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8.4.6. Configuration Overview: Remote Node

This section provides a high-level summary overview of the steps to perform to configure a Pacemaker remote node and to integrate that node into an existing Pacemaker cluster environment.
  1. On the node that you will be configuring as a remote node, allow cluster-related services through the local firewall.
    # firewall-cmd --permanent --add-service=high-availability
    # firewall-cmd --reload


    If you are using iptables directly, or some other firewall solution besides firewalld, simply open the following ports, which can be used by various clustering components: TCP ports 2224, 3121, and 21064, and UDP port 5405.
  2. Install the pacemaker_remote daemon on the remote node.
    # yum install -y pacemaker-remote resource-agents pcs
  3. All nodes (both cluster nodes and remote nodes) must have the same authentication key installed for the communication to work correctly. If you already have a key on an existing node, use that key and copy it to the remote node. Otherwise, create a new key on the remote node.
    Run the following set of commands on the remote node to create a directory for the authentication key with secure permissions.
    # mkdir -p --mode=0750 /etc/pacemaker
    # chgrp haclient /etc/pacemaker
    The following command shows one method to create an encryption key on the remote node.
    # dd if=/dev/urandom of=/etc/pacemaker/authkey bs=4096 count=1
  4. Start and enable the pacemaker_remote daemon on the remote node.
    # systemctl enable pacemaker_remote.service
    # systemctl start pacemaker_remote.service
  5. On the cluster node, create a location for the shared authentication key with the same path as the authentication key on the remote node and copy the key into that directory. In this example, the key is copied from the remote node where the key was created.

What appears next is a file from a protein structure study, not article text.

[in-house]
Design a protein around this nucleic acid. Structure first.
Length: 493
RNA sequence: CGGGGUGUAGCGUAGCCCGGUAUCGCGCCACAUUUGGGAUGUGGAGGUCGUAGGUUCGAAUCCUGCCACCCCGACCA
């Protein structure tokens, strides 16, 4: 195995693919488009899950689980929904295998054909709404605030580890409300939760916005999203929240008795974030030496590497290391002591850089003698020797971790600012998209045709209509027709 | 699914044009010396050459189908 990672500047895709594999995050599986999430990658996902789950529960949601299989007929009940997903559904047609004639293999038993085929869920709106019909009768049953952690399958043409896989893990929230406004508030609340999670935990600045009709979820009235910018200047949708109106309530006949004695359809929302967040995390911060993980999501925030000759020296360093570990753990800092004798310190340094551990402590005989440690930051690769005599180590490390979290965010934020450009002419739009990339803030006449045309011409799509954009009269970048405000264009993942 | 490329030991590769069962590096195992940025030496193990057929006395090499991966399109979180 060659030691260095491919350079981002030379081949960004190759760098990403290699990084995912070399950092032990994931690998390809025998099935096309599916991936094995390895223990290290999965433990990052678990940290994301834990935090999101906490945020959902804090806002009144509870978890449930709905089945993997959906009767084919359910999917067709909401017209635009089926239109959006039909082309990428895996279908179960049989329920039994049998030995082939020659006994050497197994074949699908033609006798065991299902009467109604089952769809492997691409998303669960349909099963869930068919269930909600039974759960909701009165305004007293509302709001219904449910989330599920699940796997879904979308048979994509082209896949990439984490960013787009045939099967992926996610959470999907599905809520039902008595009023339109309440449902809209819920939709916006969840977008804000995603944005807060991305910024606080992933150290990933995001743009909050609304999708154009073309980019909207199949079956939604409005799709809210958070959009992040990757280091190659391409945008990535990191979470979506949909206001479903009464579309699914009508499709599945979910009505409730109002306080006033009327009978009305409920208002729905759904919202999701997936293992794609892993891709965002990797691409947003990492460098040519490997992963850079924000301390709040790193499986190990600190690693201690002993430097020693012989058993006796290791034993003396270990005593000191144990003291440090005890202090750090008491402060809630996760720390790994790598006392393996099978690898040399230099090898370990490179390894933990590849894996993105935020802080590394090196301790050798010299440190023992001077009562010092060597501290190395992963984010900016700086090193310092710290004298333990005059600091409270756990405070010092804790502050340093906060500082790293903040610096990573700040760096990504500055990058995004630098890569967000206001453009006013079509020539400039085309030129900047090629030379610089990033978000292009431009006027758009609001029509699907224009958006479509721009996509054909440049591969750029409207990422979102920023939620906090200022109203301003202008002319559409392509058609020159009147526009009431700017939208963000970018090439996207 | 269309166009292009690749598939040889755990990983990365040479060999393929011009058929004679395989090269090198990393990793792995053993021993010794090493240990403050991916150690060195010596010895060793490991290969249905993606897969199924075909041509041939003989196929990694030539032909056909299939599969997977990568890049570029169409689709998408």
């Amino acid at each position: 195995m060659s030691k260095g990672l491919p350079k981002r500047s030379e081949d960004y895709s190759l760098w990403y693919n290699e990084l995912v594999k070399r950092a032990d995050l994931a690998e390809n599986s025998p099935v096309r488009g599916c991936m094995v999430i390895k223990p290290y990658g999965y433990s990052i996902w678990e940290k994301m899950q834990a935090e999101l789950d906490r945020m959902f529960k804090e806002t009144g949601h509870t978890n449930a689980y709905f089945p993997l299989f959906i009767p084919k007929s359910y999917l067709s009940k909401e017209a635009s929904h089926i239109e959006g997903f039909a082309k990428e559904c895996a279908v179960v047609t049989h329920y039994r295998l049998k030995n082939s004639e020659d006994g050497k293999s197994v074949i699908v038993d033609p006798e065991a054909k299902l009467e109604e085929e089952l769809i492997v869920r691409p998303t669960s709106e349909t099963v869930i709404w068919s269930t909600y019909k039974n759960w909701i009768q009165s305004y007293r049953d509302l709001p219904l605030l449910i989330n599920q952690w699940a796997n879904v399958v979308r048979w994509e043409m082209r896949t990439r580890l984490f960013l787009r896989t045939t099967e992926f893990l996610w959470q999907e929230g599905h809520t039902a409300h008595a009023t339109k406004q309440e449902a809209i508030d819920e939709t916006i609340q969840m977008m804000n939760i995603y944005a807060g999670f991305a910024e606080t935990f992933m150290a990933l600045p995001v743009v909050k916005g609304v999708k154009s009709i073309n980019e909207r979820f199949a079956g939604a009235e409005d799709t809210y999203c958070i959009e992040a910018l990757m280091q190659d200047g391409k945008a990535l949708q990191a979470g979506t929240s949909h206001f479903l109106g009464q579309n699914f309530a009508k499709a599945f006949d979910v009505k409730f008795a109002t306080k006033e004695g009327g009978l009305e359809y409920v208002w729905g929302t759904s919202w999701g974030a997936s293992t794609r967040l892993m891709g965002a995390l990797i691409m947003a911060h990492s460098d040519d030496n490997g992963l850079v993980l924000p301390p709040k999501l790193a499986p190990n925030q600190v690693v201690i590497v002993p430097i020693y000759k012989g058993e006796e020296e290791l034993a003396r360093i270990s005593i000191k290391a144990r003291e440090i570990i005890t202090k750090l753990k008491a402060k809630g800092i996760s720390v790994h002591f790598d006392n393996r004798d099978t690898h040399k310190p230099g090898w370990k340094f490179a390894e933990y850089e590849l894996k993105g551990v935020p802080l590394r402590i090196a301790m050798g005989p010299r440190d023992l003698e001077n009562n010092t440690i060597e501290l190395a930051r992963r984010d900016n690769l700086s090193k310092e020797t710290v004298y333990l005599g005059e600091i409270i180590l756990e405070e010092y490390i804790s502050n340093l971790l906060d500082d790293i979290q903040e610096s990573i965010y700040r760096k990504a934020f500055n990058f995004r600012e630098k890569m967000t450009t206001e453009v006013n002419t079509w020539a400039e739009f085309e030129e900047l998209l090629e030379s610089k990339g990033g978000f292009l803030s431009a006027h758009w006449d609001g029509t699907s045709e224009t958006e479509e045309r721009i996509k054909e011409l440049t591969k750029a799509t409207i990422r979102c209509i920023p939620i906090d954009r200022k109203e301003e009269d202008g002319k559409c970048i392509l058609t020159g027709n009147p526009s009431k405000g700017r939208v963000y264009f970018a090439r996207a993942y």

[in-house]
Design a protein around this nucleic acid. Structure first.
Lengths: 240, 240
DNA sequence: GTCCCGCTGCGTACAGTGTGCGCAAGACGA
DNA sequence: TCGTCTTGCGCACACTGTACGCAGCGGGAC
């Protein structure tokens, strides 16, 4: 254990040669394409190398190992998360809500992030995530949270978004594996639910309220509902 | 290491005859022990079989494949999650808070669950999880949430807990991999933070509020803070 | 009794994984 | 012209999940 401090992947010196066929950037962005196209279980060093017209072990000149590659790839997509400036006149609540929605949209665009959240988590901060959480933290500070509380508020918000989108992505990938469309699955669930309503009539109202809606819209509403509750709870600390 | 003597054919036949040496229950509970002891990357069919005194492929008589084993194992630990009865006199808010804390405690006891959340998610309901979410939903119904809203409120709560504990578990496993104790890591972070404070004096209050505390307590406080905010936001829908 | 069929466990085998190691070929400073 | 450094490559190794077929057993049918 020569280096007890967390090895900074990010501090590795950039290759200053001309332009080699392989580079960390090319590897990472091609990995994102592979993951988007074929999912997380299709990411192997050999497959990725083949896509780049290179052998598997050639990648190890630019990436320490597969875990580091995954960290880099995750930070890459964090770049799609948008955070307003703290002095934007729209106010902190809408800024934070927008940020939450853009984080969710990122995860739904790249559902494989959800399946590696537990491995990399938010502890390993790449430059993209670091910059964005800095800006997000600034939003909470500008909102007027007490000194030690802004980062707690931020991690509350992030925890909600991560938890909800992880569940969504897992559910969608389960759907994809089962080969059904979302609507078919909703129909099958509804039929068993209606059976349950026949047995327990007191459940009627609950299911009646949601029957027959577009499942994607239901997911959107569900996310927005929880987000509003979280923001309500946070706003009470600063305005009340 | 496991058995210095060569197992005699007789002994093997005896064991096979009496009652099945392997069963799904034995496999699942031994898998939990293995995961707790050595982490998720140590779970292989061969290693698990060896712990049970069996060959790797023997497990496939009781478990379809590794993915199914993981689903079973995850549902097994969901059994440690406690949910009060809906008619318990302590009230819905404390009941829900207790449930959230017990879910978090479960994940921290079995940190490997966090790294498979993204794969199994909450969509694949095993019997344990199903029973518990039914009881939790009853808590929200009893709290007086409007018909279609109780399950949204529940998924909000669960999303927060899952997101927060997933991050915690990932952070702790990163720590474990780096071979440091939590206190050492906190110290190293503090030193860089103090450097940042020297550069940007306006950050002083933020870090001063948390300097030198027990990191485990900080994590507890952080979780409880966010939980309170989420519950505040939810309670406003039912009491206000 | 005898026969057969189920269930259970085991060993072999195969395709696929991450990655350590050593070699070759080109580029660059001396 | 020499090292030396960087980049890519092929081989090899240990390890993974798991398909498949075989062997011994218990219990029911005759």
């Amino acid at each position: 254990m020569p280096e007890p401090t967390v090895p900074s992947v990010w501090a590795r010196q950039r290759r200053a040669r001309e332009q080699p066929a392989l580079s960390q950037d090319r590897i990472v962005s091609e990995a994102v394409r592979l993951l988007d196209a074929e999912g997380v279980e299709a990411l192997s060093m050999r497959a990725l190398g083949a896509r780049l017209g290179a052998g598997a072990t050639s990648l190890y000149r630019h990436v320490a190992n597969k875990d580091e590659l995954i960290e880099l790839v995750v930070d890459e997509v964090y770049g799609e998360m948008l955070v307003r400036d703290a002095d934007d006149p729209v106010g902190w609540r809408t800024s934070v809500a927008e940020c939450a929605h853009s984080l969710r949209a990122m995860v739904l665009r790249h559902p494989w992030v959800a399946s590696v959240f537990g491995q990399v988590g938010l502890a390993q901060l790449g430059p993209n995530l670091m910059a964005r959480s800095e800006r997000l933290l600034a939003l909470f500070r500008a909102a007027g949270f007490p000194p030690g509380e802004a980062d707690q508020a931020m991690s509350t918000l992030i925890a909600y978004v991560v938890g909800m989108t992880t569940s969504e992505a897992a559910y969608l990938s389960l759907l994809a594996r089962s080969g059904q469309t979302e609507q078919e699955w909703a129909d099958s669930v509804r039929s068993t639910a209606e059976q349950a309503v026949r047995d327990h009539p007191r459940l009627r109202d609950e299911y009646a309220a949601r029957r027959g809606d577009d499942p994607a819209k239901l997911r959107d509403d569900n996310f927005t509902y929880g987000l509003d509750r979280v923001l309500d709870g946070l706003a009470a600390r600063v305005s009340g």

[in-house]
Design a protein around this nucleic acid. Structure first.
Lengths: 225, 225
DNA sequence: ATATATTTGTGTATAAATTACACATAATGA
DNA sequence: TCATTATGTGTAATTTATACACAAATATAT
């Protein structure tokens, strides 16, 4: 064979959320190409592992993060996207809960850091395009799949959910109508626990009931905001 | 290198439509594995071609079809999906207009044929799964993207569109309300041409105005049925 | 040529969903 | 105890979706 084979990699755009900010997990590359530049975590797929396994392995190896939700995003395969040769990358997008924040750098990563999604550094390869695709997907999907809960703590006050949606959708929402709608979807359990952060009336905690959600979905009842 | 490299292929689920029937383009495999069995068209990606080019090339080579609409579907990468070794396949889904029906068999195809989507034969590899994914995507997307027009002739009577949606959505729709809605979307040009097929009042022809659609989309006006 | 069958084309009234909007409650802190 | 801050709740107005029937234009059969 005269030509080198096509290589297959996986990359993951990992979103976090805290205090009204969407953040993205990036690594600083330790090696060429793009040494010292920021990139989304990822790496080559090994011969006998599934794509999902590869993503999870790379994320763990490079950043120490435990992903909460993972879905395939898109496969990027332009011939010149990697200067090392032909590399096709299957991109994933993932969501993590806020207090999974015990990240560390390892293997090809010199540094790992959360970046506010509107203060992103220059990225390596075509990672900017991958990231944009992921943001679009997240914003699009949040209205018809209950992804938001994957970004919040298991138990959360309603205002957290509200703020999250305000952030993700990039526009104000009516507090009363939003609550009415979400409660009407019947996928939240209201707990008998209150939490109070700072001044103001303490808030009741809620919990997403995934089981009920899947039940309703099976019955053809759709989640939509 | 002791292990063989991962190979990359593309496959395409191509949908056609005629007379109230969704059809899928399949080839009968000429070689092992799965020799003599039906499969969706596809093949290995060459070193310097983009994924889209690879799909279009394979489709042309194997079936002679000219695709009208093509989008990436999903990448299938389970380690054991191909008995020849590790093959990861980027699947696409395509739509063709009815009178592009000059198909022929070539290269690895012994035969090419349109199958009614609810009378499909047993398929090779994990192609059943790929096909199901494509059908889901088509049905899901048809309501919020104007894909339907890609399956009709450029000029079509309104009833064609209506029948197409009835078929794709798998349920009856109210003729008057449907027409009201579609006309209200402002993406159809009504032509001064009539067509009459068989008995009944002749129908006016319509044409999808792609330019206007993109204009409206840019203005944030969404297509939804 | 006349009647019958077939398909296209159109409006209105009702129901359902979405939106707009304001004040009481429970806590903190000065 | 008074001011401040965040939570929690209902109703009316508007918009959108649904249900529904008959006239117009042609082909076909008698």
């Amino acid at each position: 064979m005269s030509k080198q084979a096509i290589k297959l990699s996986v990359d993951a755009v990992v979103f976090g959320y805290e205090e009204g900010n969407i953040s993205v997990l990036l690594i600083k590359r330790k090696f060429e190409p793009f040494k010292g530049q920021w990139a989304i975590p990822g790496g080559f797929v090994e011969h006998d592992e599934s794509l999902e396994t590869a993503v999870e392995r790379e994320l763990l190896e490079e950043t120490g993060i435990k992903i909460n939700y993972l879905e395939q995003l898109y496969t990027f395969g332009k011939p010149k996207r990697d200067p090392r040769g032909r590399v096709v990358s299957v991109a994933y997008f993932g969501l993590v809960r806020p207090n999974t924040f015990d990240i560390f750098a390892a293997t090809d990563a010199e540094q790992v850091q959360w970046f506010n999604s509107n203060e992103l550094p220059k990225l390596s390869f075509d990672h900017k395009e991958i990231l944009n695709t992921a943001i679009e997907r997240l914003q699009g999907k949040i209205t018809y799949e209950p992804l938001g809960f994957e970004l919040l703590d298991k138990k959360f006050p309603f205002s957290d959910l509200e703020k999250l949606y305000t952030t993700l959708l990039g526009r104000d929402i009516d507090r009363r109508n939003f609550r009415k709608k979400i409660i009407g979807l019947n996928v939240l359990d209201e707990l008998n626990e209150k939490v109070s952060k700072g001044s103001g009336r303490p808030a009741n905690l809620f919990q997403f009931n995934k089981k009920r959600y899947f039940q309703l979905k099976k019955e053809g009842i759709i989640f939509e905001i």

# mkdir -p --mode=0750 /etc/pacemaker
    # chgrp haclient /etc/pacemaker
    # scp remote1:/etc/pacemaker/authkey /etc/pacemaker/authkey
  6. Run the following command from a cluster node to create a remote resource. In this case the remote node is remote1.
    # pcs resource create remote1 ocf:pacemaker:remote
  7. After creating the remote resource, you can treat the remote node just as you would treat any other node in the cluster. For example, you can create a resource and place a resource constraint on the resource to run on the remote node as in the following commands, which are run from a cluster node.
    # pcs resource create webserver apache configfile=/etc/httpd/conf/httpd.conf op monitor interval=30s
    # pcs constraint location webserver prefers remote1


    Never involve a remote node connection resource in a resource group, colocation constraint, or order constraint.
  8. Configure fencing resources for the remote node. Remote nodes are fenced the same way as cluster nodes. Configure fencing resources for use with remote nodes the same as you would with cluster nodes. Note, however, that remote nodes can never initiate a fencing action. Only cluster nodes are capable of actually executing a fencing operation against another node.